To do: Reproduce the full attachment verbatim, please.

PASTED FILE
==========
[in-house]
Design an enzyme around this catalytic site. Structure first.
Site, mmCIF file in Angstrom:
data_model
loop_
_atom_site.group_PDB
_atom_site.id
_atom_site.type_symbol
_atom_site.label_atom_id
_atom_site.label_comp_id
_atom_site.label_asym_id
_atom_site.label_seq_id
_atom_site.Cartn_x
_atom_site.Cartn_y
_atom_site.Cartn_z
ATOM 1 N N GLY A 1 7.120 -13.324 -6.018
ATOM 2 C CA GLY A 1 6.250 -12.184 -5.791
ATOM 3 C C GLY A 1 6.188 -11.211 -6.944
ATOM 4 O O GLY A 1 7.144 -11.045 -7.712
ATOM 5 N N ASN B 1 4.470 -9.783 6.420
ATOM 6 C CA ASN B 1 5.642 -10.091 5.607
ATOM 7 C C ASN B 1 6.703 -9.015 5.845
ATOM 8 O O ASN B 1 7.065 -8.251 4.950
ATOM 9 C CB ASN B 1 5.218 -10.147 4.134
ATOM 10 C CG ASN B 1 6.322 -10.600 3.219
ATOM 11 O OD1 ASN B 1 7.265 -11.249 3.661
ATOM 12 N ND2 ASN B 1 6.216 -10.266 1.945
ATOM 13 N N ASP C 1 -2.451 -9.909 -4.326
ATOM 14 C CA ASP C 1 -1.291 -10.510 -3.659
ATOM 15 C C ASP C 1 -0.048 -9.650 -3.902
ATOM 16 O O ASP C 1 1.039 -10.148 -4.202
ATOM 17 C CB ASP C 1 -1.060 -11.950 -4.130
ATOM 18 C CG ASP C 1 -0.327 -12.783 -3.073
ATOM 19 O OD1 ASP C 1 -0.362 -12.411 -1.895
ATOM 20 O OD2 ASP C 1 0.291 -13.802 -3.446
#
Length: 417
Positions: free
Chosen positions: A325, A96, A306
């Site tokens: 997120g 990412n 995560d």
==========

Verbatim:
[in-house]
Design an enzyme around this catalytic site. Structure first.
Site, mmCIF file in Angstrom:
data_model
loop_
_atom_site.group_PDB
_atom_site.id
_atom_site.type_symbol
_atom_site.label_atom_id
_atom_site.label_comp_id
_atom_site.label_asym_id
_atom_site.label_seq_id
_atom_site.Cartn_x
_atom_site.Cartn_y
_atom_site.Cartn_z
ATOM 1 N N GLY A 1 7.120 -13.324 -6.018
ATOM 2 C CA GLY A 1 6.250 -12.184 -5.791
ATOM 3 C C GLY A 1 6.188 -11.211 -6.944
ATOM 4 O O GLY A 1 7.144 -11.045 -7.712
ATOM 5 N N ASN B 1 4.470 -9.783 6.420
ATOM 6 C CA ASN B 1 5.642 -10.091 5.607
ATOM 7 C C ASN B 1 6.703 -9.015 5.845
ATOM 8 O O ASN B 1 7.065 -8.251 4.950
ATOM 9 C CB ASN B 1 5.218 -10.147 4.134
ATOM 10 C CG ASN B 1 6.322 -10.600 3.219
ATOM 11 O OD1 ASN B 1 7.265 -11.249 3.661
ATOM 12 N ND2 ASN B 1 6.216 -10.266 1.945
ATOM 13 N N ASP C 1 -2.451 -9.909 -4.326
ATOM 14 C CA ASP C 1 -1.291 -10.510 -3.659
ATOM 15 C C ASP C 1 -0.048 -9.650 -3.902
ATOM 16 O O ASP C 1 1.039 -10.148 -4.202
ATOM 17 C CB ASP C 1 -1.060 -11.950 -4.130
ATOM 18 C CG ASP C 1 -0.327 -12.783 -3.073
ATOM 19 O OD1 ASP C 1 -0.362 -12.411 -1.895
ATOM 20 O OD2 ASP C 1 0.291 -13.802 -3.446
#
Length: 417
Positions: free
Chosen positions: A325, A96, A306
């Site tokens: 997120g 990412n 995560d």